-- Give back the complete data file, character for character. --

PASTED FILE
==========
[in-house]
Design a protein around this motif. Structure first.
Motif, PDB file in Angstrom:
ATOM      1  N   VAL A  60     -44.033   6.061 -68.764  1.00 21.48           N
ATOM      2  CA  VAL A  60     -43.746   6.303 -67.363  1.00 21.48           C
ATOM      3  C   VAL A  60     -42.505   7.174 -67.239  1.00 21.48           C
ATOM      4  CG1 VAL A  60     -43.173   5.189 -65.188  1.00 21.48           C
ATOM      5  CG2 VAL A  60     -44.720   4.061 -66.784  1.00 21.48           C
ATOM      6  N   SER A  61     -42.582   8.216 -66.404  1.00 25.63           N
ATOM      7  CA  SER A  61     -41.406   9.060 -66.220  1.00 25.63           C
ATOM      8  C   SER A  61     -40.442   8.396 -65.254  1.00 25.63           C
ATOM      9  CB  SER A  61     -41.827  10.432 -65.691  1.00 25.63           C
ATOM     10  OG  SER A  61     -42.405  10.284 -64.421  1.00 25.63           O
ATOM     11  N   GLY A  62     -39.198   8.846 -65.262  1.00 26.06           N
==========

[in-house]
Design a protein around this motif. Structure first.
Motif, PDB file in Angstrom:
ATOM      1  N   VAL A  60     -44.033   6.061 -68.764  1.00 21.48           N
ATOM      2  CA  VAL A  60     -43.746   6.303 -67.363  1.00 21.48           C
ATOM      3  C   VAL A  60     -42.505   7.174 -67.239  1.00 21.48           C
ATOM      4  CG1 VAL A  60     -43.173   5.189 -65.188  1.00 21.48           C
ATOM      5  CG2 VAL A  60     -44.720   4.061 -66.784  1.00 21.48           C
ATOM      6  N   SER A  61     -42.582   8.216 -66.404  1.00 25.63           N
ATOM      7  CA  SER A  61     -41.406   9.060 -66.220  1.00 25.63           C
ATOM      8  C   SER A  61     -40.442   8.396 -65.254  1.00 25.63           C
ATOM      9  CB  SER A  61     -41.827  10.432 -65.691  1.00 25.63           C
ATOM     10  OG  SER A  61     -42.405  10.284 -64.421  1.00 25.63           O
ATOM     11  N   GLY A  62     -39.198   8.846 -65.262  1.00 26.06           N